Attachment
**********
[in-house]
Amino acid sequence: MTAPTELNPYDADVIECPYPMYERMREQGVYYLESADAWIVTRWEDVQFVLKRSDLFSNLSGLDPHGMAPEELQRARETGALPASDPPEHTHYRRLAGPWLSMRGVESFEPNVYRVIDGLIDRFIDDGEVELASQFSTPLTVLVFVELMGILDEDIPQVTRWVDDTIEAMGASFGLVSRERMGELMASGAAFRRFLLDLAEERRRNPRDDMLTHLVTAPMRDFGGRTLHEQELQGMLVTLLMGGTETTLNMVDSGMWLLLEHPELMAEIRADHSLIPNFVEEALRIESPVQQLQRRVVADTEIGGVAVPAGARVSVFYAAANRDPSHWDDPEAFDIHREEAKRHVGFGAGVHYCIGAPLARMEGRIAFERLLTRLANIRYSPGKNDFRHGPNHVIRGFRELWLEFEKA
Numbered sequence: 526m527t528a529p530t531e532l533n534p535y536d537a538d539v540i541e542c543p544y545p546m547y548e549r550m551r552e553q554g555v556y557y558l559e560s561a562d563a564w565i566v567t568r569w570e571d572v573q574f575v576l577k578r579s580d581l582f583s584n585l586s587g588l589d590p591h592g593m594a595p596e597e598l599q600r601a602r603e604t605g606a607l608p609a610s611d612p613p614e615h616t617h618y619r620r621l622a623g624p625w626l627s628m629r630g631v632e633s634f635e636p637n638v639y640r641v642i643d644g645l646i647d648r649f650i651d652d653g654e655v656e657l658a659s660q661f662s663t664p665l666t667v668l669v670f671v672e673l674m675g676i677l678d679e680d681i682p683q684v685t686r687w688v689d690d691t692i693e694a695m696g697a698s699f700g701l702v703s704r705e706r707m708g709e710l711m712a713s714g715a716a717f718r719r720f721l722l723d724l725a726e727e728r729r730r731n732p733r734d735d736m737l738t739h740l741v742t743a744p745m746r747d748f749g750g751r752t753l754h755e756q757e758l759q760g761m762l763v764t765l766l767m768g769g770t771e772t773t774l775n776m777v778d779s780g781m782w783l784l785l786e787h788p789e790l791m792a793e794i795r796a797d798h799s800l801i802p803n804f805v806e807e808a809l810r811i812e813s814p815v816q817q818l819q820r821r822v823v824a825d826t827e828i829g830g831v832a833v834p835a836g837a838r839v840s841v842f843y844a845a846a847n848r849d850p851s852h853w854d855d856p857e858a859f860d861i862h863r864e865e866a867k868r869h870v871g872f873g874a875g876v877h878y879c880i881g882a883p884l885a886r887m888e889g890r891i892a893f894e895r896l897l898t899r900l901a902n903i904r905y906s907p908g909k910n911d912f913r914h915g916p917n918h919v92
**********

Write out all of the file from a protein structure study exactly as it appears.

[in-house]
Amino acid sequence: MTAPTELNPYDADVIECPYPMYERMREQGVYYLESADAWIVTRWEDVQFVLKRSDLFSNLSGLDPHGMAPEELQRARETGALPASDPPEHTHYRRLAGPWLSMRGVESFEPNVYRVIDGLIDRFIDDGEVELASQFSTPLTVLVFVELMGILDEDIPQVTRWVDDTIEAMGASFGLVSRERMGELMASGAAFRRFLLDLAEERRRNPRDDMLTHLVTAPMRDFGGRTLHEQELQGMLVTLLMGGTETTLNMVDSGMWLLLEHPELMAEIRADHSLIPNFVEEALRIESPVQQLQRRVVADTEIGGVAVPAGARVSVFYAAANRDPSHWDDPEAFDIHREEAKRHVGFGAGVHYCIGAPLARMEGRIAFERLLTRLANIRYSPGKNDFRHGPNHVIRGFRELWLEFEKA
Numbered sequence: 526m527t528a529p530t531e532l533n534p535y536d537a538d539v540i541e542c543p544y545p546m547y548e549r550m551r552e553q554g555v556y557y558l559e560s561a562d563a564w565i566v567t568r569w570e571d572v573q574f575v576l577k578r579s580d581l582f583s584n585l586s587g588l589d590p591h592g593m594a595p596e597e598l599q600r601a602r603e604t605g606a607l608p609a610s611d612p613p614e615h616t617h618y619r620r621l622a623g624p625w626l627s628m629r630g631v632e633s634f635e636p637n638v639y640r641v642i643d644g645l646i647d648r649f650i651d652d653g654e655v656e657l658a659s660q661f662s663t664p665l666t667v668l669v670f671v672e673l674m675g676i677l678d679e680d681i682p683q684v685t686r687w688v689d690d691t692i693e694a695m696g697a698s699f700g701l702v703s704r705e706r707m708g709e710l711m712a713s714g715a716a717f718r719r720f721l722l723d724l725a726e727e728r729r730r731n732p733r734d735d736m737l738t739h740l741v742t743a744p745m746r747d748f749g750g751r752t753l754h755e756q757e758l759q760g761m762l763v764t765l766l767m768g769g770t771e772t773t774l775n776m777v778d779s780g781m782w783l784l785l786e787h788p789e790l791m792a793e794i795r796a797d798h799s800l801i802p803n804f805v806e807e808a809l810r811i812e813s814p815v816q817q818l819q820r821r822v823v824a825d826t827e828i829g830g831v832a833v834p835a836g837a838r839v840s841v842f843y844a845a846a847n848r849d850p851s852h853w854d855d856p857e858a859f860d861i862h863r864e865e866a867k868r869h870v871g872f873g874a875g876v877h878y879c880i881g882a883p884l885a886r887m888e889g890r891i892a893f894e895r896l897l898t899r900l901a902n903i904r905y906s907p908g909k910n911d912f913r914h915g916p917n918h919v92